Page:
Those who sold Wal-Mart shares on Friday will be sorry. In the latest week, general merchandise comparative sales were stronger than food. There was seasonal strength in air conditioners and fans, as there had been one week earlier. There was additional news. Apparel sales took off, and this has not been the case recently. It would not surprise me to see the company’s June same-store sales near the top of the expected 2 to 4 percent range.

The Dow and the Russell 2000 have closed up for 7 consecutive trading days. This is not an every day happening, so to speak. It provides a terrific opportunity to sell into strength.

Venezuela signed a deal to supply China with 30,000 barrels of fuel oil on a daily basis. On Friday, the first shipment of 1.8 million barrels sailed to China. Venezuela currently supplies the U.S. with about 15% of our oil imports. How long can we depend on this arrangement?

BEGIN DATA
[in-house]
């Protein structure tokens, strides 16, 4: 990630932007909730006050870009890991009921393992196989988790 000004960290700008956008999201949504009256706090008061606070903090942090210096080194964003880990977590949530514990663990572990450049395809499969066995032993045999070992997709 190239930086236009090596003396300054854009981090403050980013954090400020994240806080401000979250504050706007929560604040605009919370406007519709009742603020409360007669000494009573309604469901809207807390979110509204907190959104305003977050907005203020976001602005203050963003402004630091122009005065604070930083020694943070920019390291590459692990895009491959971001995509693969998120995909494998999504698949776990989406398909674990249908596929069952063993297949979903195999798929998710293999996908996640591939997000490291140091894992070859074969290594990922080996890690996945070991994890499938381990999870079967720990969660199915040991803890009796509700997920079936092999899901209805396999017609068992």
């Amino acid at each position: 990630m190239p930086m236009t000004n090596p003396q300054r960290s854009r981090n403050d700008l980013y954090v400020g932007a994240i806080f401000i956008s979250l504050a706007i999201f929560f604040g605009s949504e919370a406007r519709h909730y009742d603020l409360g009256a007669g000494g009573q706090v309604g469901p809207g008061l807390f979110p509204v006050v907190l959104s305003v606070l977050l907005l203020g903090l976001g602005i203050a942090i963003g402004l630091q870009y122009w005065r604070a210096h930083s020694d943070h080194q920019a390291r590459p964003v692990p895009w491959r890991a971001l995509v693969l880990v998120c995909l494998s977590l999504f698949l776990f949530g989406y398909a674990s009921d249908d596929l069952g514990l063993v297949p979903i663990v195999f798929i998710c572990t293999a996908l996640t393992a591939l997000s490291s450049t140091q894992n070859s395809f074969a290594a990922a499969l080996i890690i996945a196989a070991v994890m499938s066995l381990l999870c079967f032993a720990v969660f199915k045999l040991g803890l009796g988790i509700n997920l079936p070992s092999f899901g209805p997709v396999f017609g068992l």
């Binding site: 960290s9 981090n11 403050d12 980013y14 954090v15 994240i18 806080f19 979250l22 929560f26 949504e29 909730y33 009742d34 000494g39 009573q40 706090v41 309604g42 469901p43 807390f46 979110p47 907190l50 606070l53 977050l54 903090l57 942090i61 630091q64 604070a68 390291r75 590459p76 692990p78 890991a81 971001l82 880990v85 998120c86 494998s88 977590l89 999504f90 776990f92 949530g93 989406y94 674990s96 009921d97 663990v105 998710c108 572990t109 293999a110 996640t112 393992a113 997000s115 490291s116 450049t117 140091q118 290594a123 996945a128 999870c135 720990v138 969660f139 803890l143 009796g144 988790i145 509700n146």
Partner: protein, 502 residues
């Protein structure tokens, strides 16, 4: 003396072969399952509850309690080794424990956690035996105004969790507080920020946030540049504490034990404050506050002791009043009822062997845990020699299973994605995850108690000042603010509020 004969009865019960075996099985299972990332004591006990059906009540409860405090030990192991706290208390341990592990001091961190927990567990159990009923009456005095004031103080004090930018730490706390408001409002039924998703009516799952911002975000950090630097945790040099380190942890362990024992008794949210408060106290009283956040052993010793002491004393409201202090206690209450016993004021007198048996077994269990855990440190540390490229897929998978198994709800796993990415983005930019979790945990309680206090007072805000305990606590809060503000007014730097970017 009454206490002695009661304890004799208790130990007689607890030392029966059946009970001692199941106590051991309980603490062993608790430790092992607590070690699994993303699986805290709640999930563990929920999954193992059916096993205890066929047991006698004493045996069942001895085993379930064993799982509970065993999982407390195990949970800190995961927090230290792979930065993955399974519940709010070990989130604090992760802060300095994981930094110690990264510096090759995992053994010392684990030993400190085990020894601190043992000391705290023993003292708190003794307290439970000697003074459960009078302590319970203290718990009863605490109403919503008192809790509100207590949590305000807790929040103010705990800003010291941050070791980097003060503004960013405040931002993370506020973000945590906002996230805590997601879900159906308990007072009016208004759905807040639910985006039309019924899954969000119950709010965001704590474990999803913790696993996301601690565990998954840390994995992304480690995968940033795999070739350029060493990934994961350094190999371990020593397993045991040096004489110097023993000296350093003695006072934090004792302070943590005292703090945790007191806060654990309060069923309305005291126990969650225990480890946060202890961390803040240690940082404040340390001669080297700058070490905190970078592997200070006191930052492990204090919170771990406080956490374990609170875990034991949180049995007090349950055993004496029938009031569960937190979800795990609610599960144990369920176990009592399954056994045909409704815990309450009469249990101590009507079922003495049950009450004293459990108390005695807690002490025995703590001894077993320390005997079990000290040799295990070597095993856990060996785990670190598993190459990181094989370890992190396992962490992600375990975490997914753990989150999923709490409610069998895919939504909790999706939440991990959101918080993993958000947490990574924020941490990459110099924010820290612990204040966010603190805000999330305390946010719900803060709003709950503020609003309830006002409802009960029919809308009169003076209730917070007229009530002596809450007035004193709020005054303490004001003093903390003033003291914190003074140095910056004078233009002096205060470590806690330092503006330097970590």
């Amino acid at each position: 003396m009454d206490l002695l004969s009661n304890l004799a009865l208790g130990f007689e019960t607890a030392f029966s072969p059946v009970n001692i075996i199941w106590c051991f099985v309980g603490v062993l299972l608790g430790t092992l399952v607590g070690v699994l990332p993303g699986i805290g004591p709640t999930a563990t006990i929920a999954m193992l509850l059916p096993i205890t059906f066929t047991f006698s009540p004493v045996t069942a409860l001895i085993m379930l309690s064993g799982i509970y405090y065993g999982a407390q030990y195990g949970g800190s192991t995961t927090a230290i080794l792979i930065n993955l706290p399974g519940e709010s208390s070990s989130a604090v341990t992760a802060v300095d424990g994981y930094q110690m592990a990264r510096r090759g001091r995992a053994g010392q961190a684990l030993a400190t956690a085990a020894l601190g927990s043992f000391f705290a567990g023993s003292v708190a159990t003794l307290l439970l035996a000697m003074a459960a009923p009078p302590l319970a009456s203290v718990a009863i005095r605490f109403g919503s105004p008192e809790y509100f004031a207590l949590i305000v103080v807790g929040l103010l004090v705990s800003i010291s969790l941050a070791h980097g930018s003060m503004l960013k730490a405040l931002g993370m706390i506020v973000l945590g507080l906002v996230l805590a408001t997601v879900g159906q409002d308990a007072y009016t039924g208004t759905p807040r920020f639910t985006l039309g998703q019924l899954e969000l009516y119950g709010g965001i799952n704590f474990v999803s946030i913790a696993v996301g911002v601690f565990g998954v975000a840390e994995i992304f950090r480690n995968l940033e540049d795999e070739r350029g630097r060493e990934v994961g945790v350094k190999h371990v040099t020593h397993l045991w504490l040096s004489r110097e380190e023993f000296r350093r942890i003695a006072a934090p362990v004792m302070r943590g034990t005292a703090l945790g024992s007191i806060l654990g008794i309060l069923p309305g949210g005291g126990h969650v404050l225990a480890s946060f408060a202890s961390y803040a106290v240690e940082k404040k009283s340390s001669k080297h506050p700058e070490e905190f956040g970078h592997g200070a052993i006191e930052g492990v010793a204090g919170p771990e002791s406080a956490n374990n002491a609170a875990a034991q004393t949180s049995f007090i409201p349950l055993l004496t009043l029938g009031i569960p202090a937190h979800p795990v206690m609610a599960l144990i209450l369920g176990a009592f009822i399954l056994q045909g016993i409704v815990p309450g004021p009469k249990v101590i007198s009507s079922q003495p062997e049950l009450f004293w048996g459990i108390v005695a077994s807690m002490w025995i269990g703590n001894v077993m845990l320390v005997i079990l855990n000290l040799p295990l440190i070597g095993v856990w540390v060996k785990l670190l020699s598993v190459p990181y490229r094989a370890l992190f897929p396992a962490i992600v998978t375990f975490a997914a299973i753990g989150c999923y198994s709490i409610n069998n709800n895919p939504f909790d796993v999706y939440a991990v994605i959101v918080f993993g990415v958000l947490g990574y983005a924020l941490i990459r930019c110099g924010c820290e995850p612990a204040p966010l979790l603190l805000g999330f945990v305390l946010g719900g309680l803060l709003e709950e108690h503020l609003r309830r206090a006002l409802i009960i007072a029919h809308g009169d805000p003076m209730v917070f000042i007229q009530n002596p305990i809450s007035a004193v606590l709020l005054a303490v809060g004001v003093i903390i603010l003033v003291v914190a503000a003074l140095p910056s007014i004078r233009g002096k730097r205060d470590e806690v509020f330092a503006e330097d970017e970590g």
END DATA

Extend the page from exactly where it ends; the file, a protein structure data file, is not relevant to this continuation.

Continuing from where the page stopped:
Robert McHugh: “If the Fed allows money supply to grow at an astronomical rate, something far beyond normal, something inconsistent with its rhetoric regarding "measured" increases in interest rates, then it is occurring because the Fed knows something. What do they know? If M-3 is growing twice as fast as GDP, five to twenty times as fast as inflation, is growing at an outrageous rate during an interest rate tightening phase, then the Fed sees a risk out there somewhere that threatens the velocity of money process, threatens to contract money supply, threatens to devalue wealth - some threat or risk the Fed feels it must compensate for.” If the Fed knows of some extraordinary risk, then that risk has gone unrecognized in the equity and credit markets.